Gordon Moran, writing for the European Energy Centre (EEC), explores alternative avenues available in light of changes to renewable energy schemes by the UK government
There has been a great deal of press recently about changes to levels of support for renewable energy with early closure of some subsidy programmes and reductions in others. Whilst this has meant reductions in support for certain schemes and types of technology, the effect has been varied across the renewable sector as a whole.
The main changes will be an early closure in the subsidy for onshore wind farms, reduction in level of support for solar PV installations and removing guaranteed levels of support for biomass. Whilst these proposals are now government policy, legal challenges may well alter these plans. In addition to this, the devolved parliament, assemblies and local governments across the UK have decision making abilities that can affect renewables policy on a regional level. For example, the Scottish Parliament has pledged to honour solar panel contract’s ‘grandfather’ clause, providing support that may not be available from the UK government in future. Such actions may pave the way for the Welsh or Northern Irish assemblies or local government throughout the UK to introduce their own schemes, opening up new avenues of funding.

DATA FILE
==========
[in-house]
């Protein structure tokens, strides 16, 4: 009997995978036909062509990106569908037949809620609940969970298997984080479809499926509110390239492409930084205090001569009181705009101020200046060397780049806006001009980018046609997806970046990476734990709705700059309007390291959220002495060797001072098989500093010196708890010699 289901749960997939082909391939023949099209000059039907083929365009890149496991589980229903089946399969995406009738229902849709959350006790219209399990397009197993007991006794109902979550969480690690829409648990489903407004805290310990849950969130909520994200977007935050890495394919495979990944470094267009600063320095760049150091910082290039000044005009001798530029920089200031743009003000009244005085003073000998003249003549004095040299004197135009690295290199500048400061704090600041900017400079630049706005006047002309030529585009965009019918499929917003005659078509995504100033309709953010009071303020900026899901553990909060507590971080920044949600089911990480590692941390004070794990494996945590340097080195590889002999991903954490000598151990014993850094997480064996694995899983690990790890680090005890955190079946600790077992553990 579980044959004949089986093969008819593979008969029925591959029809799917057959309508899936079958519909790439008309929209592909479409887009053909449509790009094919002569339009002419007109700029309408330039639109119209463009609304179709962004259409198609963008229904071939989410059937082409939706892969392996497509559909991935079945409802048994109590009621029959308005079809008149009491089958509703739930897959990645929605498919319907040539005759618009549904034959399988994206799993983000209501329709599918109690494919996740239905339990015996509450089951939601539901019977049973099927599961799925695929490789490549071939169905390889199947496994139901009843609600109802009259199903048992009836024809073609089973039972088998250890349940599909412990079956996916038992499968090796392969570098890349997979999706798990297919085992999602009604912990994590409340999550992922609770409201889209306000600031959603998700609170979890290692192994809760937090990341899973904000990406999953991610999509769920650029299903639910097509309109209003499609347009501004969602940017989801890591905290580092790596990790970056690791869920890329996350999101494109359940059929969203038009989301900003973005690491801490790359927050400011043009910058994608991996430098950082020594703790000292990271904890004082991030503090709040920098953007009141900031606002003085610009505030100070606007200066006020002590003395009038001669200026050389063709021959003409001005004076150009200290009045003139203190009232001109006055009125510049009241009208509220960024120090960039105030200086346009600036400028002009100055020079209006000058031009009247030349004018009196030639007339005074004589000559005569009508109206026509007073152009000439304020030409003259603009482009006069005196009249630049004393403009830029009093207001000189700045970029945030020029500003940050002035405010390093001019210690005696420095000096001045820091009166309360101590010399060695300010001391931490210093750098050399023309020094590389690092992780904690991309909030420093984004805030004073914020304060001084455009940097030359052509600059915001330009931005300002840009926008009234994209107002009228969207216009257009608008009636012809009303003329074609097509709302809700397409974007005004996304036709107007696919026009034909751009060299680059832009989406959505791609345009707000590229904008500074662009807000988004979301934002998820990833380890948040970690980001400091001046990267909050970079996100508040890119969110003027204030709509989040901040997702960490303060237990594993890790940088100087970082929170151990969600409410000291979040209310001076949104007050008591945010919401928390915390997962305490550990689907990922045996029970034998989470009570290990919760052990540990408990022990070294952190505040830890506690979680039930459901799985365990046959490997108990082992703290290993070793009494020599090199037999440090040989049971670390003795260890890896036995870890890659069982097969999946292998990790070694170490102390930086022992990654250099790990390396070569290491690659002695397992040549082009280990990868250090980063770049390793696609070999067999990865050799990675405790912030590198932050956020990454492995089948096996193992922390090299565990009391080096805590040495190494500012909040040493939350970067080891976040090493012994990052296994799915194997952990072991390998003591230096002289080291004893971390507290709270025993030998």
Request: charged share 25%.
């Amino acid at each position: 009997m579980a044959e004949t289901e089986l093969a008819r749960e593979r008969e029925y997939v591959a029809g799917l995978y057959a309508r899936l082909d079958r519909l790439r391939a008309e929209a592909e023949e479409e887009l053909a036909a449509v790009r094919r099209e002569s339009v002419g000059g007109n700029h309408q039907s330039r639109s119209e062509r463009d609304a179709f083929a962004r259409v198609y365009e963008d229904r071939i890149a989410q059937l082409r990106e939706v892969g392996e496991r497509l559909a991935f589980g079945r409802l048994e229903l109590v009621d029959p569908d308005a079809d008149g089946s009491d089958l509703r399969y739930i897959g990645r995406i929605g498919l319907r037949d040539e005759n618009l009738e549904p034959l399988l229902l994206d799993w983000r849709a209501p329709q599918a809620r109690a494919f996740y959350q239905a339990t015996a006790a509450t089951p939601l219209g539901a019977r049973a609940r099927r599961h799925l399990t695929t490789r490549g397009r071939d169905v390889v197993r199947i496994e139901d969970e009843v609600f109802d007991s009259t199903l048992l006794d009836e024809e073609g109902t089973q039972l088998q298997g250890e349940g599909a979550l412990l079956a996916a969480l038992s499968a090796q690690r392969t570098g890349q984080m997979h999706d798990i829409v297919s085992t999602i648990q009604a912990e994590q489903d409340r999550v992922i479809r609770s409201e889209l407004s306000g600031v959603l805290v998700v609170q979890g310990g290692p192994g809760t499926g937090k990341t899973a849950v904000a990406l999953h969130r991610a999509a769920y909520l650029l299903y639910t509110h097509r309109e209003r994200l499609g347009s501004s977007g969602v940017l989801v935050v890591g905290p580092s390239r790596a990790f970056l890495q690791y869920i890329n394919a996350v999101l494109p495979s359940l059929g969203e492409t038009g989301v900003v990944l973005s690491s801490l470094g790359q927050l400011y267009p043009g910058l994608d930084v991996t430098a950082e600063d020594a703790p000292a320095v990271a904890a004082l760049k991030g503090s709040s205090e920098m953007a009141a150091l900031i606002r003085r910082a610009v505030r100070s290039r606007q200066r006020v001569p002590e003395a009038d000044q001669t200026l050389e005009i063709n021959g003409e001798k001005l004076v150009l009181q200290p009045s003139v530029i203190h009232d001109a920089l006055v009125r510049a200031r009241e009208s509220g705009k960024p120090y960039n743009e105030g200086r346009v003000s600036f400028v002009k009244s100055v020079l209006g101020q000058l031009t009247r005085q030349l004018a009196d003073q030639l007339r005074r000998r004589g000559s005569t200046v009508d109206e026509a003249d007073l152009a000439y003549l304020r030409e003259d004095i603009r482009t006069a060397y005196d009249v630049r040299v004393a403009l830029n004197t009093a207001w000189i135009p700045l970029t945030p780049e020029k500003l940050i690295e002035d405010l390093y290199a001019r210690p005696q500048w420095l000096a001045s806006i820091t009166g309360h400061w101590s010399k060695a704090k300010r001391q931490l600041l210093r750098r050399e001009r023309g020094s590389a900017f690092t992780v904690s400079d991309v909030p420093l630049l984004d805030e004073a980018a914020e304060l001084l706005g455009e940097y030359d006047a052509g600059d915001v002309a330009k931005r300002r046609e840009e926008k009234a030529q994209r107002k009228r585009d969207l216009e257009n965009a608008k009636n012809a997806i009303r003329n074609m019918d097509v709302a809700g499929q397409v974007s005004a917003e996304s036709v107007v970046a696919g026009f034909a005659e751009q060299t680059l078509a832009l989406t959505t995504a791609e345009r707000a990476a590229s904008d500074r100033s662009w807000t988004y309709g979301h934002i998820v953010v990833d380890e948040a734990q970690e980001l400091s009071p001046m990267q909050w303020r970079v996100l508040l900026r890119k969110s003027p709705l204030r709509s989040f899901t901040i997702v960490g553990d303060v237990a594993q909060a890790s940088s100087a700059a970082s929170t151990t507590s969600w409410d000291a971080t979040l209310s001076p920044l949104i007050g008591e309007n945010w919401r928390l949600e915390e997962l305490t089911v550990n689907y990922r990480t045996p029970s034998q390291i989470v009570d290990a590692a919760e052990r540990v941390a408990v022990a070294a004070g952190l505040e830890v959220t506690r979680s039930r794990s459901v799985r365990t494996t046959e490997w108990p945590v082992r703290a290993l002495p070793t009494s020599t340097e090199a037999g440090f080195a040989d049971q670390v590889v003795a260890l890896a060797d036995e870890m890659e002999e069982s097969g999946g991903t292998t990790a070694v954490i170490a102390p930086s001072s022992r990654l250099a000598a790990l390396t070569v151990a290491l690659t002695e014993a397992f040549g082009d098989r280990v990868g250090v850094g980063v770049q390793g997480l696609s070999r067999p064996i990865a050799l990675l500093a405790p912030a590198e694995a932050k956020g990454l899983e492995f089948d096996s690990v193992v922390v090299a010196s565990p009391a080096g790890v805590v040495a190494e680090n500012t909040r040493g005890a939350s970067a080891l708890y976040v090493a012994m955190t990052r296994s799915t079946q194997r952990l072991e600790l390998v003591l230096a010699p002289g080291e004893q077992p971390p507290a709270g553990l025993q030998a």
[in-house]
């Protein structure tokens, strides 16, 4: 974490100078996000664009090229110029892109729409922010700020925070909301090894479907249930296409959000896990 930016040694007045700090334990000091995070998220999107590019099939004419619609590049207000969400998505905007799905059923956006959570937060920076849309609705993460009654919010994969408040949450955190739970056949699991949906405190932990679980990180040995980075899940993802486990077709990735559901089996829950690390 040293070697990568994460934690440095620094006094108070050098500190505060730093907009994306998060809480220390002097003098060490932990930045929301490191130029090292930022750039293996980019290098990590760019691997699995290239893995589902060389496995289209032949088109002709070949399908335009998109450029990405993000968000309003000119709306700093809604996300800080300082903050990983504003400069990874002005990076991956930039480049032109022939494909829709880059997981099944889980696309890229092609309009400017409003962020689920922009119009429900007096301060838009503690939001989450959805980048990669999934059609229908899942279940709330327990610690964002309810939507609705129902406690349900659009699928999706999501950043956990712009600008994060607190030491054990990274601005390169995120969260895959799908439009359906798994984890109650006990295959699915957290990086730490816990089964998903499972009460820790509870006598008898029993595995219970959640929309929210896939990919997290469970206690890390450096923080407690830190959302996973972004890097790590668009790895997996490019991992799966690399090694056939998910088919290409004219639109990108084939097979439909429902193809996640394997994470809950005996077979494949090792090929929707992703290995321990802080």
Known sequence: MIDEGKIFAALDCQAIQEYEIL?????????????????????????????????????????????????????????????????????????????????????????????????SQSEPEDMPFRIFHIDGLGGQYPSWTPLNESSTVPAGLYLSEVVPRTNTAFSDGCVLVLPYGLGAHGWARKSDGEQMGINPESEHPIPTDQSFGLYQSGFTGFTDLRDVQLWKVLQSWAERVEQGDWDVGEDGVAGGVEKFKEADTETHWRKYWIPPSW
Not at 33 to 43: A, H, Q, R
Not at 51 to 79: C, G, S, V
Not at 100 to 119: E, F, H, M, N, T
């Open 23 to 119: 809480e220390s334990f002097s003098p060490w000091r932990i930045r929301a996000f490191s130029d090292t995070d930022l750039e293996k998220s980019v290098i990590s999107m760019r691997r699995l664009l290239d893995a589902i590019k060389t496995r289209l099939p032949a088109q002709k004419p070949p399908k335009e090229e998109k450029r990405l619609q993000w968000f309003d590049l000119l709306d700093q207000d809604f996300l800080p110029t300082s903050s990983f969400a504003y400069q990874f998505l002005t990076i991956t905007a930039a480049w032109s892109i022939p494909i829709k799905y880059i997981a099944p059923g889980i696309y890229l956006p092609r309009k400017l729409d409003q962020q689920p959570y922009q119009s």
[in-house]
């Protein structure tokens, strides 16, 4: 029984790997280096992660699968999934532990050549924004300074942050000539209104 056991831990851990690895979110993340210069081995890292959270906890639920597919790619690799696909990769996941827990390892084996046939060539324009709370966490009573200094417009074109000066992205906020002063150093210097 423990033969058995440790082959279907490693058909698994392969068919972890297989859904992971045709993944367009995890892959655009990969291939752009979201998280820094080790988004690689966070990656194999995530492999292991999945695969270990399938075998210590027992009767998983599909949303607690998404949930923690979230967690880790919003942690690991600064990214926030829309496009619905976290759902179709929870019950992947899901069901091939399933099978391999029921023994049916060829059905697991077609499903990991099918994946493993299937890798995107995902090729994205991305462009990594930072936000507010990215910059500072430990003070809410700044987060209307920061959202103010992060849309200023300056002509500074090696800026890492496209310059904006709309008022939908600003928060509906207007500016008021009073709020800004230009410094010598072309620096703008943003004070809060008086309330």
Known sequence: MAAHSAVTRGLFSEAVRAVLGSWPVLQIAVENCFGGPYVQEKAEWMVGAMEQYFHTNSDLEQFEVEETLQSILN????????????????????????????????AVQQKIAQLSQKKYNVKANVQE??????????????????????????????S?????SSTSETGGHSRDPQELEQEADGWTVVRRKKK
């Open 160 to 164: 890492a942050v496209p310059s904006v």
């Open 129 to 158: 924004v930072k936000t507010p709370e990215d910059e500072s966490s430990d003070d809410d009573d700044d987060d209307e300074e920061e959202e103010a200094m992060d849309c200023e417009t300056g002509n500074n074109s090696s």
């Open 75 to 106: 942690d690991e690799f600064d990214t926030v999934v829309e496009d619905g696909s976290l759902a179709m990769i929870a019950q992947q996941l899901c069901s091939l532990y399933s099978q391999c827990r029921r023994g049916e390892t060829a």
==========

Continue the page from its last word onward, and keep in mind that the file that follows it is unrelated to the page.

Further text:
Community energy initiatives and the renewable heat incentive schemes also still remain in place alongside energy efficiency measures such as the Affordable Warmth Obligation. Other technologies with significant growth potential are also receiving consistent levels of government support with subsidies remaining for offshore wind, and wave and tidal power continuing to receive investment.
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